EQM-Zero, and 5 Ways to Pay Less Than 25,000 miles for Award Flights

Note:I added this post to the series on BYOE.  This post doesn’t exactly “fit” with the others, but I really enjoyed writing it so I wanted to throw it in here. 

Can All Your Flights Be Award Flights?

It hadn’t come to my attention until I wrote the earlier post, “Sunk costs and Adverse Selection,” that this might be the first year I ever fly 100% award flights.  I’m close to the end of the year–and unless I decide to go somewhere for Christmas (and can’t use miles) it seems like I’ll clock in 0 total miles from paid flights this year.  To me this is the travel equivalent of “Inbox Zero,” and something I like to call EQM-Zero.  In trying to reach EQM-Zero we’ll step through an average example, and also use some techniques to save on domestic flights.

EQM Zero-the Hunt for No Paid Flights

Can you get to EQM Zero?  Maybe.  When I look back on my year it is clear that the main reason I was able to do so is because my dates of travel are incredibly flexible.  If you have flexibility, in dates, destinations, or class of travel then your only other hurdle is the number of miles you’ll need.  Let’s look at how many miles it would take an average flyer to reach EQM-Zero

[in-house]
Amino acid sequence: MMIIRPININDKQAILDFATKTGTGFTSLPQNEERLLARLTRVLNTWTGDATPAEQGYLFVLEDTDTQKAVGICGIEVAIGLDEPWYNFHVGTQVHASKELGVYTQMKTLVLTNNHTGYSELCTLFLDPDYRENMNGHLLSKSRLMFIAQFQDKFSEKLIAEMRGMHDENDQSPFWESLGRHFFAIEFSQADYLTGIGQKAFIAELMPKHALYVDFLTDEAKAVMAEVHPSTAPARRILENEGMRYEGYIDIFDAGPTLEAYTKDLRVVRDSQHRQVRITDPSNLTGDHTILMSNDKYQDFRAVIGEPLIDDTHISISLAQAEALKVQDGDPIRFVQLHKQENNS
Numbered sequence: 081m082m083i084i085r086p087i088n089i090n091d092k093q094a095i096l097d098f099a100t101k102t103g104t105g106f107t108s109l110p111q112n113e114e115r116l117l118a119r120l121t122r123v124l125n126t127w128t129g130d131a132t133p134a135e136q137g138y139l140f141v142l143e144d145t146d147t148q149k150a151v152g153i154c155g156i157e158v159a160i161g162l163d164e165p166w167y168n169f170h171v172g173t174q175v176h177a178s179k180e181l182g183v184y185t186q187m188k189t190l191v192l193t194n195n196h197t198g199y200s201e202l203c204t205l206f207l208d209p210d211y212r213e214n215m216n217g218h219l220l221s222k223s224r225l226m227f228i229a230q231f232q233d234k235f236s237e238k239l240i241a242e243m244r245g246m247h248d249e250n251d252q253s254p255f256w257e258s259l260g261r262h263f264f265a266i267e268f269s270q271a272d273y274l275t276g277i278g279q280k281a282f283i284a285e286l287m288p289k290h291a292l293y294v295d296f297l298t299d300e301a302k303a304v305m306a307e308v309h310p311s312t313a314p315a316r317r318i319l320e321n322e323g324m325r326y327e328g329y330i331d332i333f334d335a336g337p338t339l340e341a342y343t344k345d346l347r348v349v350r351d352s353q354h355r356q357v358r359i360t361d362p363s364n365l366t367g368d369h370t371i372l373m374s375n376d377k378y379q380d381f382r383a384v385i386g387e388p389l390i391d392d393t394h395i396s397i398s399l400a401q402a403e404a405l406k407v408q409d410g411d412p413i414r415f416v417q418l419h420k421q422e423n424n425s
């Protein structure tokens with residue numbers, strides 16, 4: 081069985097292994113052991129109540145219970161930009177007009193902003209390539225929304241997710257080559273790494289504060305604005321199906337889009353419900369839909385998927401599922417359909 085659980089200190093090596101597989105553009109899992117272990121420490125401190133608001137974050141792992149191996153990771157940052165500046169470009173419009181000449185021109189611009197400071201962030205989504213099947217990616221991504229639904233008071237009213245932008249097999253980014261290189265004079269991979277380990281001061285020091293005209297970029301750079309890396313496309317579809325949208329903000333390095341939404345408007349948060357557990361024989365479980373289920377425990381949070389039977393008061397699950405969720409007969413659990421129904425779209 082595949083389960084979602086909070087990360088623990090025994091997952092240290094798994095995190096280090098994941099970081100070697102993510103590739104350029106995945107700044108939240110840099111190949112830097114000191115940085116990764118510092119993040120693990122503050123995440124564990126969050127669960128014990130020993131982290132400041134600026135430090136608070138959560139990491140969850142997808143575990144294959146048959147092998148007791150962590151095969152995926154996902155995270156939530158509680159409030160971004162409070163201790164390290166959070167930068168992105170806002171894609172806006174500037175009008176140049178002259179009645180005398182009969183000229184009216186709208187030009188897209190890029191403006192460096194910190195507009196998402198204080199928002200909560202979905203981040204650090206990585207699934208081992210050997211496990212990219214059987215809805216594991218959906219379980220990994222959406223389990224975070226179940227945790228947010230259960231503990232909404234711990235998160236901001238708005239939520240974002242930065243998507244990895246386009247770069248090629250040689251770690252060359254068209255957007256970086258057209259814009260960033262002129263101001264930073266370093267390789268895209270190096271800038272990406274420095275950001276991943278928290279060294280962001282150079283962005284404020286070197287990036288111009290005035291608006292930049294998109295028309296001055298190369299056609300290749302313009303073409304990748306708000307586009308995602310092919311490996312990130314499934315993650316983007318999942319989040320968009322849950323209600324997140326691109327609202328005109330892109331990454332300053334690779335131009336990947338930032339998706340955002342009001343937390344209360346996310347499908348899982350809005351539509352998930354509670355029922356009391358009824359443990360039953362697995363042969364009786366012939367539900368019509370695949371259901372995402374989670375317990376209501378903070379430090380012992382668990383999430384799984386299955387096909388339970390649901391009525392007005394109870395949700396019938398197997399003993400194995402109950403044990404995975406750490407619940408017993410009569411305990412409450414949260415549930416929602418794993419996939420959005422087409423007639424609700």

Average cost per flight vs. Average Miles per flight

Using the number that Delta and United seem to love, $.10 per mile flown I’ll estimate that if you fly 50,000 miles a year you’re looking at spending $5,000 in flights.  I’m very sure you can do better than this.  Services like Fare Magnet, and the Flight Deal offer under $.05 CPM flights all the time. In fact, one day last month I even Declared Miles were dead, long live cash fares! (I quickly returned to my senses)

Assuming 15 trips a year, our average number of miles flown will be 3,333 miles per trip.  Average cost per trip would then be $350.  We’ll use these numbers for the rest of this post.

How Many Miles Are Needed to Reach EQM-Zero

This one is a little harder to pin down.  Sure you could just assume 25,000 miles per round trip ticket x 15 flights per year = 375,000 Frequent Flyer Miles needed.  If you travel with a spouse this number can double. Digging deeper, can you get the average miles used per flight down lower? I think you absolutely can, and have outlined 5 ways in which you can do so:

  • – Southwest:RapidRewards $350 flights would be around 20,000 WN RR points, when booked as ‘Wanna Get Away?’ fares. This would be even lower if flying as a pair–10k per person with a CP.  But for the sake of this post we’ll assume flying alone and/or without a CP. Average cost: 20,000 WN RR points.  
  • Note: This is changing as of March 31, 2014. Please see Frugal Travel Lawyer’s post about the devaluation.
  • – Avios: With an average flight distance of 3,333 miles you’d only use 10,000 Avios each way. Shorter flights would use less, and longer flights could use more, but we’ll go with the mathematical average for this.  An Average of 20,000 avios per R/t
  • – Hybrid System: If you live in a DL hub and can use the hybrid system to your advantage you can shave half a flight off of 2 flights.  That could mean as little as 25,000 DL miles + 7500 avios or less WN RR points.  Total 32,500 miles for 2 flights–Average of 16,250 Miles per round trip.